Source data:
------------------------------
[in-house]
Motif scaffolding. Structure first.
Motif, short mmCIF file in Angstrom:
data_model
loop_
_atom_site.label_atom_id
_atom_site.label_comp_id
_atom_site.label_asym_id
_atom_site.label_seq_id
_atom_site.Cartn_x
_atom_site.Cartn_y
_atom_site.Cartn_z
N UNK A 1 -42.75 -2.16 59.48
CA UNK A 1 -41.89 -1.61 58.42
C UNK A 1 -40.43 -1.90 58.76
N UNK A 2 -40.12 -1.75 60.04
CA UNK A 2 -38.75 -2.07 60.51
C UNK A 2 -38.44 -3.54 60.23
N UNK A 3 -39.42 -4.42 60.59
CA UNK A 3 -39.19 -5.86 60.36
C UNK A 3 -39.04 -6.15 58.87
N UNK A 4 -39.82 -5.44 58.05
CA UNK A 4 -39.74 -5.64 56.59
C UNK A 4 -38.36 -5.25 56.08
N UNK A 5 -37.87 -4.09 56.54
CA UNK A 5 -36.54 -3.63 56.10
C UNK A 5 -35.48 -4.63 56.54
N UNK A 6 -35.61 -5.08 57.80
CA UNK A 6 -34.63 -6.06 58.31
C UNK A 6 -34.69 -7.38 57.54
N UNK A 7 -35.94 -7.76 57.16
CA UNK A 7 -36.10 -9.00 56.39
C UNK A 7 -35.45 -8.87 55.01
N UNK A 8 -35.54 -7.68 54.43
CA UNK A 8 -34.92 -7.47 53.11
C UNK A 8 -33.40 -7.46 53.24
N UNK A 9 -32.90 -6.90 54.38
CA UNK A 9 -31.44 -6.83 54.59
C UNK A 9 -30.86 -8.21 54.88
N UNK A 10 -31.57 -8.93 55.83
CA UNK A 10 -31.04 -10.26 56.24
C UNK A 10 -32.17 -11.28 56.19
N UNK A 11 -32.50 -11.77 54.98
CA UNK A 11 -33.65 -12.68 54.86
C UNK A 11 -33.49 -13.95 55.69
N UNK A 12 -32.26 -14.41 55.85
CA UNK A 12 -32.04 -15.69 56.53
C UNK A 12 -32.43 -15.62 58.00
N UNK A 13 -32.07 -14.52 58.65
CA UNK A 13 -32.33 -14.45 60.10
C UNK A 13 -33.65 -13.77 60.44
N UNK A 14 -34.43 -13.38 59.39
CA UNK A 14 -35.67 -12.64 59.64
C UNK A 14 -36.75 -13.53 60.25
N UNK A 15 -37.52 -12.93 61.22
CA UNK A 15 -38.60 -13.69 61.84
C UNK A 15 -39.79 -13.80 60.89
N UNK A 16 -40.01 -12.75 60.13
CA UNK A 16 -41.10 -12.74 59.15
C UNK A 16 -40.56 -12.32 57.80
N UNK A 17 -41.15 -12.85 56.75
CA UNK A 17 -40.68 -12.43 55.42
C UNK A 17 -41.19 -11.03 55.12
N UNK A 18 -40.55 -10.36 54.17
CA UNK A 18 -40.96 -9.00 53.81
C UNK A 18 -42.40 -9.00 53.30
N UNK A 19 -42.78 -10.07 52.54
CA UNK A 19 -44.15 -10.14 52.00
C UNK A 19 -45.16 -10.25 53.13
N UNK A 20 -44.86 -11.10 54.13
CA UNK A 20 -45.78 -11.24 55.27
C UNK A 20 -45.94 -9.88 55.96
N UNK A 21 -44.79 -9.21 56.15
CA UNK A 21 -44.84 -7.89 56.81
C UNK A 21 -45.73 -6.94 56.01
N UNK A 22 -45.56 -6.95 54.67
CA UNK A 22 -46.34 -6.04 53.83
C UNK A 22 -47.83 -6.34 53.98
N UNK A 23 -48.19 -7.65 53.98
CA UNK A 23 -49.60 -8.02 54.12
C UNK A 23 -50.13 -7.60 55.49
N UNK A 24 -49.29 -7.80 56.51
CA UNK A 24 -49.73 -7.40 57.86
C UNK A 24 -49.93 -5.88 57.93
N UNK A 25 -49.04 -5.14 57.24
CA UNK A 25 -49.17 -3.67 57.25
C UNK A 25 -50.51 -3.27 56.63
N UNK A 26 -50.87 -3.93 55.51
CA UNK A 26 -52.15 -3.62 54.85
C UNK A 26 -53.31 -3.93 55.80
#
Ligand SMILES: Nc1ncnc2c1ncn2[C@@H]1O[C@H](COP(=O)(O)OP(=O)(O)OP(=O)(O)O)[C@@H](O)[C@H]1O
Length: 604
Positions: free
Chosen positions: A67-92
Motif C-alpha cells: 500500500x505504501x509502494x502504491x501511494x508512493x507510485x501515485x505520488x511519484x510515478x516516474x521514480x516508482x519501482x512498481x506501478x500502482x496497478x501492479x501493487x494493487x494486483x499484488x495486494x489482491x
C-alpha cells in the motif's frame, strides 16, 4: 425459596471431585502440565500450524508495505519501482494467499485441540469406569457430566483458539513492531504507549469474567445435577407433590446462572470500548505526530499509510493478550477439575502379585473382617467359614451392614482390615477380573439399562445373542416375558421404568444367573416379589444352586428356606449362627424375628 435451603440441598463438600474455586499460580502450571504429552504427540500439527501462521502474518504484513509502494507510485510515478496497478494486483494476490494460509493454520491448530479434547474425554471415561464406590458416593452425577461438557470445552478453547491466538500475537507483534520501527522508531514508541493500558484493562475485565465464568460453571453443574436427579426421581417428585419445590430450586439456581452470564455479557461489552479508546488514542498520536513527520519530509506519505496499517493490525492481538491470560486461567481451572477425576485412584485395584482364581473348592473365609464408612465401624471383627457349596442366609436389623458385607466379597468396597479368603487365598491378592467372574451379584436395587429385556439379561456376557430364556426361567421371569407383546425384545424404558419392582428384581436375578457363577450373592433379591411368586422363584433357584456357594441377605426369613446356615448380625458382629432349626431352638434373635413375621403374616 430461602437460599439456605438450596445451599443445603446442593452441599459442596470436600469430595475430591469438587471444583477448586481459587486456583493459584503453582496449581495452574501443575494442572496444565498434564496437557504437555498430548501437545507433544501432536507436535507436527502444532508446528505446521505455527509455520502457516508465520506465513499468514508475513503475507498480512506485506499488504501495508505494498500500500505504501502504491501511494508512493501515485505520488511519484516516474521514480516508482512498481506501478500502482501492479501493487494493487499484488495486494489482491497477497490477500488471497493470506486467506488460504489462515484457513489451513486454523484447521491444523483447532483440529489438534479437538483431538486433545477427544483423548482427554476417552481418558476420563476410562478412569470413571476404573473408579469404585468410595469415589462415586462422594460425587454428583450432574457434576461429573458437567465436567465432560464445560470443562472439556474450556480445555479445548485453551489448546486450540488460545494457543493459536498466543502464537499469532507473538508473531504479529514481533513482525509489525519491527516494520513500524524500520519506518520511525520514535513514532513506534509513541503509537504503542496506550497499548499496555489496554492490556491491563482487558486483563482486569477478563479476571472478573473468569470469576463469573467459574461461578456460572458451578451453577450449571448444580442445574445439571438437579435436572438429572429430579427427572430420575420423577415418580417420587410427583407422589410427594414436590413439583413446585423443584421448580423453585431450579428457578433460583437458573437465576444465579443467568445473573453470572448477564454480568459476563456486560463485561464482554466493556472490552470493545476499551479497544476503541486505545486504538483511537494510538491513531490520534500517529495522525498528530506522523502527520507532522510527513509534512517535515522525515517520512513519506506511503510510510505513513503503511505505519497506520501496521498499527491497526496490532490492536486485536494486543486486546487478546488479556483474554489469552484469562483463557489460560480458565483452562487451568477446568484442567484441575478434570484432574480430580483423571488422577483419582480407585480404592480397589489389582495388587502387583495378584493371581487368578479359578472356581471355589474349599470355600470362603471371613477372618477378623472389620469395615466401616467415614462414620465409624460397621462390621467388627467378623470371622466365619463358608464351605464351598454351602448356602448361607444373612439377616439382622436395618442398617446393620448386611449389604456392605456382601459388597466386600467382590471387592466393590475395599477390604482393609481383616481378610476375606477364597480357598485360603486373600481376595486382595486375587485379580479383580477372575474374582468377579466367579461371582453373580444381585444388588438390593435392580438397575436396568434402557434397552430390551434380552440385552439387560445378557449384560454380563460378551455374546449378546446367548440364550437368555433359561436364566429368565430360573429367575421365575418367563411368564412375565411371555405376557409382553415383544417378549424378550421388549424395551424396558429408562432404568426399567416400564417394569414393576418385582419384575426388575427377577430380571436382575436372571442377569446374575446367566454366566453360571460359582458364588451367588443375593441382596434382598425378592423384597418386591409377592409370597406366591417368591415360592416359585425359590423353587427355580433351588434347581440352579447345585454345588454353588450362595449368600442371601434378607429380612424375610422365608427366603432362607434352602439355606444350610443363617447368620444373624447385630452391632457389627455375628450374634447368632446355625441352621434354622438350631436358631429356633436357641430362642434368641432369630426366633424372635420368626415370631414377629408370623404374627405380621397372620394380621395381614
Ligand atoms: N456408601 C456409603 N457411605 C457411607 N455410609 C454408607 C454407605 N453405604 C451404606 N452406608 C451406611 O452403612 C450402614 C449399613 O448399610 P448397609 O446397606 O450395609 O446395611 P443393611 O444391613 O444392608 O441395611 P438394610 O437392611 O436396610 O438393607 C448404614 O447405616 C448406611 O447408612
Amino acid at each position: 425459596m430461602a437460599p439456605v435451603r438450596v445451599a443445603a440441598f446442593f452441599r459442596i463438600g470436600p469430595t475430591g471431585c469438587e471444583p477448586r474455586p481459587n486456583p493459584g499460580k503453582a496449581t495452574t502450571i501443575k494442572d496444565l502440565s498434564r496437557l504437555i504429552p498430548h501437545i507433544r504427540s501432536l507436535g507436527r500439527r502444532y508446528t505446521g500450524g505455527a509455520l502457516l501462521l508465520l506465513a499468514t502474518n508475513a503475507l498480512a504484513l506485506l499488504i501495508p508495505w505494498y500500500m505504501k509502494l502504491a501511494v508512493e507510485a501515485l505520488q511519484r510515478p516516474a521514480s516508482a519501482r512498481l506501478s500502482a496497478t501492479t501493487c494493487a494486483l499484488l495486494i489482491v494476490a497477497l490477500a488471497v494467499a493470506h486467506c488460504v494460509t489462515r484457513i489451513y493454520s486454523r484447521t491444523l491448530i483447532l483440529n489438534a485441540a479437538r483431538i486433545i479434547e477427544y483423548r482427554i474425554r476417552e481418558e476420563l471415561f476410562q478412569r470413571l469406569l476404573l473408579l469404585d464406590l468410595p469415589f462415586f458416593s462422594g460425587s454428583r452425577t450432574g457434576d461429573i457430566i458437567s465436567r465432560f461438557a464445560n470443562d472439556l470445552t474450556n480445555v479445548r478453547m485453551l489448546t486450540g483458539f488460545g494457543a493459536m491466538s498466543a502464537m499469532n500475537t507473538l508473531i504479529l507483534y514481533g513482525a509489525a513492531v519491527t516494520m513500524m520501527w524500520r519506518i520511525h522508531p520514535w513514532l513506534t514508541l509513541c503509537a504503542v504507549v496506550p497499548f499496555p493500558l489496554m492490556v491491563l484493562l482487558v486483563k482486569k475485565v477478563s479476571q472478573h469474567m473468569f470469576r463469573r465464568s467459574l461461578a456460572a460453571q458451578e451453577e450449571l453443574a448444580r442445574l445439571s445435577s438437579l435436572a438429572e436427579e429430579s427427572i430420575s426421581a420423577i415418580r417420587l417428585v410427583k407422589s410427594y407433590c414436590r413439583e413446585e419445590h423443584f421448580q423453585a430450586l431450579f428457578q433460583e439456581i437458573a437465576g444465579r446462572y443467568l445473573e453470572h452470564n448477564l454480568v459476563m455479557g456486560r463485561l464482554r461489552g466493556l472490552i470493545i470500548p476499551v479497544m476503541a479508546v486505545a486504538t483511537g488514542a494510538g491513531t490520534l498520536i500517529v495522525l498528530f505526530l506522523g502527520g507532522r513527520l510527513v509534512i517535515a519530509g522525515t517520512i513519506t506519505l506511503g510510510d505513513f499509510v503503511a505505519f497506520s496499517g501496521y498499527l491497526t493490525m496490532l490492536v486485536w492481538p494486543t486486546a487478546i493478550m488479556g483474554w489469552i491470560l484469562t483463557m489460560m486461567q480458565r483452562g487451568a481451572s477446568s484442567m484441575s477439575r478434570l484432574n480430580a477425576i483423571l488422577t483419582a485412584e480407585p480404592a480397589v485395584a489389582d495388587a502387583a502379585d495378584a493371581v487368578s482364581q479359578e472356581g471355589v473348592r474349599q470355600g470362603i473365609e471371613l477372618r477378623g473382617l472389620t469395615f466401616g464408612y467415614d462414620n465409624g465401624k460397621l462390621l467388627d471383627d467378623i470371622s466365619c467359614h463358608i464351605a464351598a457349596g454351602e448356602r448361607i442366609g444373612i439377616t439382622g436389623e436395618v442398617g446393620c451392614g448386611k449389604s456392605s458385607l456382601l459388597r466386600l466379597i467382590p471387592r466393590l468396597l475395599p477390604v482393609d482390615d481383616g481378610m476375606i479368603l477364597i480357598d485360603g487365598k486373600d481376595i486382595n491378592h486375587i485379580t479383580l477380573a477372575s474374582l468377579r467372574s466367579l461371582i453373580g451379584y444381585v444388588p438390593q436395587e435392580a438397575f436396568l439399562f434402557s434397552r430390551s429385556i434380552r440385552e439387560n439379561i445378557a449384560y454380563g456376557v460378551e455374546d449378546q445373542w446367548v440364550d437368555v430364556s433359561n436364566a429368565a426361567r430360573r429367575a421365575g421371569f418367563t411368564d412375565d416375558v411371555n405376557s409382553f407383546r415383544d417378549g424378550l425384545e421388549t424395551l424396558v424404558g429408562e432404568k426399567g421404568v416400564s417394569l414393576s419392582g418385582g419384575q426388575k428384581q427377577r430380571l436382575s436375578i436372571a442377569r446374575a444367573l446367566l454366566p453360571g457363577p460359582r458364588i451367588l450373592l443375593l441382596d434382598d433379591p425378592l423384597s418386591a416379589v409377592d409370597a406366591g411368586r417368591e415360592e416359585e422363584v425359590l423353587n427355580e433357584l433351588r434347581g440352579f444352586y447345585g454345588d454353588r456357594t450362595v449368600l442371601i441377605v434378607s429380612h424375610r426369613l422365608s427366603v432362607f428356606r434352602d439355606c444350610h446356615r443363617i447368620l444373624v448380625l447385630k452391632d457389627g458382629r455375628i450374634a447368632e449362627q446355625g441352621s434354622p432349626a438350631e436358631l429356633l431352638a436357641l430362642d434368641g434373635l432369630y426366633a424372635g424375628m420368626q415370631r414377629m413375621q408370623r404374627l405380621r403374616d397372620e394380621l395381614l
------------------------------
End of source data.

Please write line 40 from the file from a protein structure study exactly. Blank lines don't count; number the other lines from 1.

N UNK A 10 -31.57 -8.93 55.83